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Monitoring and Risk Analysis of PAHs in the Environment

  • Karishma Hussain
  • Raza R. Hoque
  • Srinivasan Balachandran
  • Subhash Medhi
  • Mohammad Ghaznavi Idris
  • Mirzanur Rahman
  • Farhaz Liaquat Hussain
Living reference work entry

Latest version View entry history

Abstract

Polycyclic aromatic hydrocarbons (PAHs) are a unique class of organic pollutants containing two or more fused aromatic rings, which are toxic and potential carcinogens. They are extensively studied compounds, and their occurrence has been reported from various places over the world which indicates their ubiquitous nature in our environment. Anthropogenic sources of PAHs are more dominant than their natural source which include sources like combustion engines, residential heating, industrial activities, and biomass burning. USEPA has already listed 16 PAHs [naphthalene, acenaphthylene, acenaphthene, fluorine, phenanthrene, anthracene, fluoranthene, pyrene, benzo(a)anthracene, chrysene, benzo(b)fluoranthene, benzo(k)fluoranthene, benzo(a)pyrene, dibenzo(a,h)anthracene, benzo(g,h,i)perylene, and indeno(1,2,3-c,d)pyrene] as most priority ones to be analyzed in various environmental matrices. More so, benzo(a)pyrene is termed as index or gold standard of the whole group of PAHs due to its high carcinogenic potency. Once in the atmosphere, depending on their physical and chemical properties, PAHs get distributed between gas, particle, and droplet phase. Aerial movement is one of the major pathways for environmental distribution and transboundary deposition of PAHs. Eventually, PAHs settle down in soils and street dust and enter into aquatic environment. Soil and street dust act as direct sink of atmospheric PAHs near to traffic and other combustion sources. From these environmental compartments, rainwater and storm water easily wash away PAHs to nearby aquatic bodies. Due to hydrophobic nature, PAHs in aquatic environment are preferably partitioned and accumulate into the particulate phase of sediment. PAHs, thus, occur in multicompartmental system of the environment and paved the way for multiple routes of exposure to this class of carcinogen. Therefore, extensive studies have been carried out for PAHs in different environmental matrices over the world, and many places are revealed with very high exposure levels of PAHs.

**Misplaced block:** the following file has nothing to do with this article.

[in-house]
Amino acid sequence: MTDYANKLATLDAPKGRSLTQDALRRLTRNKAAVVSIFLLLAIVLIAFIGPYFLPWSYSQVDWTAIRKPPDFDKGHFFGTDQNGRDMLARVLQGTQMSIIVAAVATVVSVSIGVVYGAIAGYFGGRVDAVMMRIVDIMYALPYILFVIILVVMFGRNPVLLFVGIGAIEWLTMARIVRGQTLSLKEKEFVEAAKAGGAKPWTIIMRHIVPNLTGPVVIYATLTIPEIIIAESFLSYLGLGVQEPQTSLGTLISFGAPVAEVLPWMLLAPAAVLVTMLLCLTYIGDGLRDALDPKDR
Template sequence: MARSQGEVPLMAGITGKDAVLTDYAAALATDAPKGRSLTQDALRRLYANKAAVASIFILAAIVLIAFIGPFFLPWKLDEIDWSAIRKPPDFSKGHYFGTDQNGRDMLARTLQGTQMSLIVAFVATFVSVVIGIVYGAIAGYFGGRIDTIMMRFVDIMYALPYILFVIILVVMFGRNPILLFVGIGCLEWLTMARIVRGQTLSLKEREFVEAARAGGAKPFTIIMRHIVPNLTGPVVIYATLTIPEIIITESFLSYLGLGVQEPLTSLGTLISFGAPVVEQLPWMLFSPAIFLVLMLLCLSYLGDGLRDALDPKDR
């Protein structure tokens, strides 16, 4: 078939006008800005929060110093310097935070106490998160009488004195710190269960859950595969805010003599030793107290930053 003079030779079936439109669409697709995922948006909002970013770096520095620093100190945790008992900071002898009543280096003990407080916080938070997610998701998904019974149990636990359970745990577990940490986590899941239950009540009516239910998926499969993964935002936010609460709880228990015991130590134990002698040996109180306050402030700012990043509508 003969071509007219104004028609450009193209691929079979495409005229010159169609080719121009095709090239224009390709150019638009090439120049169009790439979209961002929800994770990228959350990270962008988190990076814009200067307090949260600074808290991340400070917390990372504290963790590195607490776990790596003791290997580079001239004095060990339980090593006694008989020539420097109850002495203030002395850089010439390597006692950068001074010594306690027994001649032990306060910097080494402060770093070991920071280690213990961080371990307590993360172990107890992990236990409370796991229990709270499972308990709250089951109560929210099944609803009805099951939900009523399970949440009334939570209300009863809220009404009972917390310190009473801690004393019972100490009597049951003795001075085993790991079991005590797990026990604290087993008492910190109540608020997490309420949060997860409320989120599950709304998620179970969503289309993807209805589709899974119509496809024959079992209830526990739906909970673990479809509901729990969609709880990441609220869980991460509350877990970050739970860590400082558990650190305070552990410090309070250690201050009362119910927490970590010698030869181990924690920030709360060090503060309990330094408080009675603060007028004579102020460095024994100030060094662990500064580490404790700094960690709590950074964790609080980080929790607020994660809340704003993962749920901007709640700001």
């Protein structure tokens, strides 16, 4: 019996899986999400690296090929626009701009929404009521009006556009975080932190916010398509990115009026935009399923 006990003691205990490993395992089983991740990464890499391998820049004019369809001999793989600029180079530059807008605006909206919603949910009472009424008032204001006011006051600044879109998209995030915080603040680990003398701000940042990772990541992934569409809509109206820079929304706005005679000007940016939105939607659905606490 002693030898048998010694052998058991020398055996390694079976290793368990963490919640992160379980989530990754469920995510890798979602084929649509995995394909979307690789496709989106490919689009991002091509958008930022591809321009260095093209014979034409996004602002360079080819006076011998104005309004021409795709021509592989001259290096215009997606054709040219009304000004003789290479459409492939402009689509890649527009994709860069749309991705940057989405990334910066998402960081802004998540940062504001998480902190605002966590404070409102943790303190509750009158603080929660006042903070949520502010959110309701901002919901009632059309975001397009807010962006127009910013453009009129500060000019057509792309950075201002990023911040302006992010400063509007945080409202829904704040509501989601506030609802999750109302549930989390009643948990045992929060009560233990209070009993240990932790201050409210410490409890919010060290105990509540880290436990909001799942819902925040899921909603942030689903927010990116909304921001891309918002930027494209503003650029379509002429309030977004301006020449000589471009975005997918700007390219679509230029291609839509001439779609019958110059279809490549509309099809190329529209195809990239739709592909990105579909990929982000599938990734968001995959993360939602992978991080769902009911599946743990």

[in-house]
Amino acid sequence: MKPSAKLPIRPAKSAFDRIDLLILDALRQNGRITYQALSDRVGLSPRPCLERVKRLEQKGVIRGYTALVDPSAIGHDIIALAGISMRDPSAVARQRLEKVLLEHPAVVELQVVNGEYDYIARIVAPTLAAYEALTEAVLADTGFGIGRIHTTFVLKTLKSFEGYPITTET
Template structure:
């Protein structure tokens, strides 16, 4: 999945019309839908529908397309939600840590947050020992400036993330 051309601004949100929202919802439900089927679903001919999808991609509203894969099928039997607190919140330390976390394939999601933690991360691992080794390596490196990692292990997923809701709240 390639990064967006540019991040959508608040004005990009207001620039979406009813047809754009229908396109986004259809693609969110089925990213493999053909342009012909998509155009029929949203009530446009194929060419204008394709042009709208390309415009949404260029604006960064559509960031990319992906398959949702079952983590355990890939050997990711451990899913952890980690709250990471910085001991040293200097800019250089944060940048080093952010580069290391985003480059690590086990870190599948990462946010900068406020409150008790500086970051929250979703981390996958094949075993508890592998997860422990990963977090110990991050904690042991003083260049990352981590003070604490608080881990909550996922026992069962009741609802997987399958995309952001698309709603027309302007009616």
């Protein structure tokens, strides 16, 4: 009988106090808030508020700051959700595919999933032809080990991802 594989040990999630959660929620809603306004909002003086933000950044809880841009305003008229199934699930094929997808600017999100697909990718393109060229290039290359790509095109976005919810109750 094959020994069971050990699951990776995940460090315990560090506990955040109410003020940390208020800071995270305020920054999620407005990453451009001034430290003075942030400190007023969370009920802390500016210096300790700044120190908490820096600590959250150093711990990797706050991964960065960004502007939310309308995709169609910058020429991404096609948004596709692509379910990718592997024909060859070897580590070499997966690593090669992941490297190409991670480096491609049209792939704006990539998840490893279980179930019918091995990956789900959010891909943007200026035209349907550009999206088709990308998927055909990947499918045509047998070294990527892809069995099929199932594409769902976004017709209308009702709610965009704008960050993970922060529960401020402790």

Environmental PAHs have harmful effects on different types of organisms of the ecosystem. PAHs attract considerable attention among researchers due to continuous rise in death toll of human cancer worldwide. Toxic equivalency factors (TEFs) were often employed to assess carcinogenic potential of individual PAHs. Here, the maximum TEF of one is assigned to BaP, and other individual PAHs are relative to BaP as BaP equivalents (BaPq). To characterize risk of PAHs to surrounding organisms and ecosystems in aquatic environment, ecosystem risk was often employed by researchers by using risk quotient (RQ) of individual PAHs. Risk quotients (RQ) value indicated the levels of risk posed by certain PAHs. Studies are revealed with high exposure risk in different environmental matrices in several places around the world. However, only a few recommendations or guidelines exist worldwide for concentration of PAHs.

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Copyright information

© Springer International Publishing AG 2018

Authors and Affiliations

  • Karishma Hussain
    • 1
  • Raza R. Hoque
    • 2
  • Srinivasan Balachandran
    • 3
  • Subhash Medhi
    • 4
  • Mohammad Ghaznavi Idris
    • 4
  • Mirzanur Rahman
    • 5
  • Farhaz Liaquat Hussain
    • 6
  1. 1.Department of Bioengineering and TechnologyGauhati UniversityGuwahatiIndia
  2. 2.Department of Environmental ScienceTezpur UniversityTezpurIndia
  3. 3.Department of Environmental StudiesVisva-BharatiSantiniketanSantiniketanIndia
  4. 4.Department of Bioengineering and Technology (GUIST)Gauhati UniversityGuwahatiIndia
  5. 5.Department of Information Technology (GUIST)Gauhati UniversityGuwahatiIndia
  6. 6.Research Scholar, Department of ChemistryDibrugarh UniversityDibrugarhIndia

Section editors and affiliations

  • Chaudhery Mustansar Hussain
    • 1
  1. 1.Department of Chemistry and Environmental SciencesNew Jersey Institute of TechnologyNewarkUSA

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